Today’s Emerging Markets Embrace Technological InnovationMay 16, 2017

 

Emerging markets have not only embraced the use of technology, but have become global market innovators in many areas. Chetan Sehgal, senior managing director and director of portfolio management, Franklin Templeton Emerging Markets Equity, takes a look at how emerging markets have embraced technology, and explains why he’s excited about investment opportunities in this space. He says emerging markets are now at the forefront of the latest technological developments, from mobile banking and shopping to robotics, autonomous vehicles, health care and more.


Chetan Sehgal, CFA
Senior Managing Director, Director of Portfolio Management,
Franklin Templeton Emerging Markets Equity

 

It wasn’t all that long ago that shopping for clothes, books and other wares meant traveling to a store, mall or market. Today, we can buy nearly anything on the internet from any location. The world’s largest online retailer is located in China.

Just a few years ago, making a bank deposit meant a trip to a local bank branch, where you’d stand in line to wait for a bank teller to process your transaction. Today, Poland is considered a leader in online banking technology, with one bank there offering features such as 30-second loan approval via mobile phone as well as alerts offering custom advice and discounts based on a user’s behavior and location. A Turkish bank won a global innovation award in 2017 for its agricultural smartphone app, which helps farmers share data and information and get advice in real time, and even acts as a platform for equipment rentals.

The largest maker of smartphones to power these online transactions is located in South Korea.

This technological transformation has not only made things like shopping and banking easier, it has spread into nearly every facet of our lives. In health care, emerging-market innovations are attracting the attention of companies and providers in developed countries where costs are escalating. Many years ago, Mexico, for example, created a telephone-based health care advice and triage service available to more than one million subscribers and their families at a low cost, paid through their phone bills.1 In India, diabetic patients affiliated with a particular hospital can text their blood sugar count to clinicians and receive feedback via their mobile phone.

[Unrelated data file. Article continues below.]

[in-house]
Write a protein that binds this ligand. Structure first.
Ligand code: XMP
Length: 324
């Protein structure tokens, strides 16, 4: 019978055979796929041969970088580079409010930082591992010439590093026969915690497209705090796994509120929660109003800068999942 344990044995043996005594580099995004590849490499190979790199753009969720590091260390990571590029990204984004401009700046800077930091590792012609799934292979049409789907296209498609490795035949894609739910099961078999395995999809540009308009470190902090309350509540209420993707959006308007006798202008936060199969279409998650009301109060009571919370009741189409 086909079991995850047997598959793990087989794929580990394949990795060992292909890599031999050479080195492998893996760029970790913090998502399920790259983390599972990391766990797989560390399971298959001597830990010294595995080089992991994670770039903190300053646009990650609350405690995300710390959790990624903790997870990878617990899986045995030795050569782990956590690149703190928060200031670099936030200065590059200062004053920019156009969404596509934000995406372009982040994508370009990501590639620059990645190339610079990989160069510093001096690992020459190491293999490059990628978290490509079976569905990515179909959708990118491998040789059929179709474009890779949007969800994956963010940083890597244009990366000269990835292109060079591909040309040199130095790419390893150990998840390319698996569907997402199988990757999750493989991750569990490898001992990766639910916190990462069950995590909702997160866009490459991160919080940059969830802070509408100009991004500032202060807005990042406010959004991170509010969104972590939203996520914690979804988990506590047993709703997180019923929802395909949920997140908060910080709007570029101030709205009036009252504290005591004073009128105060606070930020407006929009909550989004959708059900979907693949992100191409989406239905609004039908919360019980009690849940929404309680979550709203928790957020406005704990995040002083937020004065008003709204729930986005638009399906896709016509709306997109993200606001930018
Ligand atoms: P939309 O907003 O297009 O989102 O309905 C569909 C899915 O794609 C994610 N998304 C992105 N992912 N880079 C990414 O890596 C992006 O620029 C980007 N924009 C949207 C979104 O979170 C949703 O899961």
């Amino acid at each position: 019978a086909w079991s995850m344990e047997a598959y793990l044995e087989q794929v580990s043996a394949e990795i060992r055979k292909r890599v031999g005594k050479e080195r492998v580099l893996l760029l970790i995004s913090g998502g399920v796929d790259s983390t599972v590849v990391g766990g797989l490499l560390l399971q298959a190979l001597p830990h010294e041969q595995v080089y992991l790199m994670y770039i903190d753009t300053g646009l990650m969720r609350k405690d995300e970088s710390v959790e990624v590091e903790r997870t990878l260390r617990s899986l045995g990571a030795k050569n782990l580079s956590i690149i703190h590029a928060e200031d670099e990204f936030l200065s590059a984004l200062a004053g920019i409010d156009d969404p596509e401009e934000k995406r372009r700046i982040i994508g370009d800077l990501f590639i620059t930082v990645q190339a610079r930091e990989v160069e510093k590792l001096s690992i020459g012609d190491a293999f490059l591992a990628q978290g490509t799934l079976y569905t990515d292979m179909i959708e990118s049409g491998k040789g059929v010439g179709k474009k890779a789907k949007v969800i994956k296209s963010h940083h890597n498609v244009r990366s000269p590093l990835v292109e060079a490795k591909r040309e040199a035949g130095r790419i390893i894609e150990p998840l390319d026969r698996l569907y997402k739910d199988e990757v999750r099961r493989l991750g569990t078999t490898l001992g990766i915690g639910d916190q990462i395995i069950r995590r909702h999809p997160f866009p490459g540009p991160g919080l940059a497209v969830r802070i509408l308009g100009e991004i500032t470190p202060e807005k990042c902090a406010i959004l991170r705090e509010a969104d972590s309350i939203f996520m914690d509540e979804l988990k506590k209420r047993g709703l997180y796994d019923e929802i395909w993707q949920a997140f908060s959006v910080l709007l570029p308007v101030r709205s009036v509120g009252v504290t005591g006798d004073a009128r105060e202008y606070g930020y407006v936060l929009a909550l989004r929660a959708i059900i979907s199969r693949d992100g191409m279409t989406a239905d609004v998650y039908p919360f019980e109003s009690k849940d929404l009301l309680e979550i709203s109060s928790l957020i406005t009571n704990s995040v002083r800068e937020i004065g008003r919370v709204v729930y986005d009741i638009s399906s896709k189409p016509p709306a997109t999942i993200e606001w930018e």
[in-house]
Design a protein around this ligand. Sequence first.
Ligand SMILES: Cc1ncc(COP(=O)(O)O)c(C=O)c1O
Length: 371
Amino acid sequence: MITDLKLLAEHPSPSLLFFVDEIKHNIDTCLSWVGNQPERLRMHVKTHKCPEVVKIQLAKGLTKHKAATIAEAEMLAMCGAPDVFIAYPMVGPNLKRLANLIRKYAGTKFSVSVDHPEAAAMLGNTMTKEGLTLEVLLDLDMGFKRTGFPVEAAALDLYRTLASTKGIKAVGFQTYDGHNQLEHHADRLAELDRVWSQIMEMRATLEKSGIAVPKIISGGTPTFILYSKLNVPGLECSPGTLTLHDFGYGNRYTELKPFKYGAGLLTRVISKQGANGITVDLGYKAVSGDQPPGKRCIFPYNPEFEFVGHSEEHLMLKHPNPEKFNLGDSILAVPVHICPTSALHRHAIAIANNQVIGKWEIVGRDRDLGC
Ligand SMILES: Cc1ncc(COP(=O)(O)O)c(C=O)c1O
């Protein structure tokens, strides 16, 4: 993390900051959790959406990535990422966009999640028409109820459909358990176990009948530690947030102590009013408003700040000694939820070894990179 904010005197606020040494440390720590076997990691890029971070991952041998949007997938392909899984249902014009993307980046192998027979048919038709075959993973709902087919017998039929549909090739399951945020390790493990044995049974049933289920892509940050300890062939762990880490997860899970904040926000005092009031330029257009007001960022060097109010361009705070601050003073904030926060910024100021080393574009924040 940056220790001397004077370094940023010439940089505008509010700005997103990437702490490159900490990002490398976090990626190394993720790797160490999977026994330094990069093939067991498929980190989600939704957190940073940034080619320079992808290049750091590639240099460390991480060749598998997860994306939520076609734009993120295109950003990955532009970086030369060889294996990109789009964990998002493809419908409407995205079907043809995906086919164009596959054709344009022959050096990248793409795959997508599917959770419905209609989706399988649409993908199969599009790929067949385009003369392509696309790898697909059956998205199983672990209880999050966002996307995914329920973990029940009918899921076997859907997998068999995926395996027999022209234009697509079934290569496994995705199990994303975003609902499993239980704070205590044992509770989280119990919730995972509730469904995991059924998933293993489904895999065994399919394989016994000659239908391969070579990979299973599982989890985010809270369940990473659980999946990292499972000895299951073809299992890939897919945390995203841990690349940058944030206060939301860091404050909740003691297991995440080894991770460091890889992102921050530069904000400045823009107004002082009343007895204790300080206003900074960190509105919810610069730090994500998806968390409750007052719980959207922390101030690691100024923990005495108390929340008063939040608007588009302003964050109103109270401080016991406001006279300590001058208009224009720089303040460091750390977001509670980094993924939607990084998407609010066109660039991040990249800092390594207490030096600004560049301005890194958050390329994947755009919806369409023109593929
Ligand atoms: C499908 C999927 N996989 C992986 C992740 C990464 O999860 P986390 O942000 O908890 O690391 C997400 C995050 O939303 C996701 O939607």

According to a 2014 PwC study, more than 59% of patients living in emerging markets used at least one mobile health application or service, compared with 35% in the developed world.2

As of 2016, China, India, the United States, Brazil and Japan represented the largest internet user base in the world, respectively, with 1.72 billion in total.3 The three emerging markets within the list command a total of 1.32 billion users.4 That means 1.32 billion users have access to goods, services and information. As such, we think e-commerce is still very much a penetration growth story, resonating in several markets as consumers increasingly use multiple devices for online transactions.

Technological Leapfrogging

Often, developing countries can capitalise on technology more quickly than more advanced countries. A technological “leapfrogging” enables the adoption of new technologies that bypass legacy models or systems. For example, some countries in Africa quickly embraced mobile payment systems without ever building brick-and-mortar bank branches.

The supercomputers’ arms race used to be an American-Japanese rivalry. Although it was late to join the race, China now is sitting at the very top of the list with the world’s most powerful supercomputer, which ran a simulation of the creation of space and time in just over an hour.5 What’s even more impressive, this powerful computer runs on Chinese-made microprocessors.

Emerging markets are quickly automating their factories, accounting for a quarter of the world’s industrial robotics demand.6

Technology is also shaping the automobile industry, introducing new trends such as electric vehicles and automated driving systems.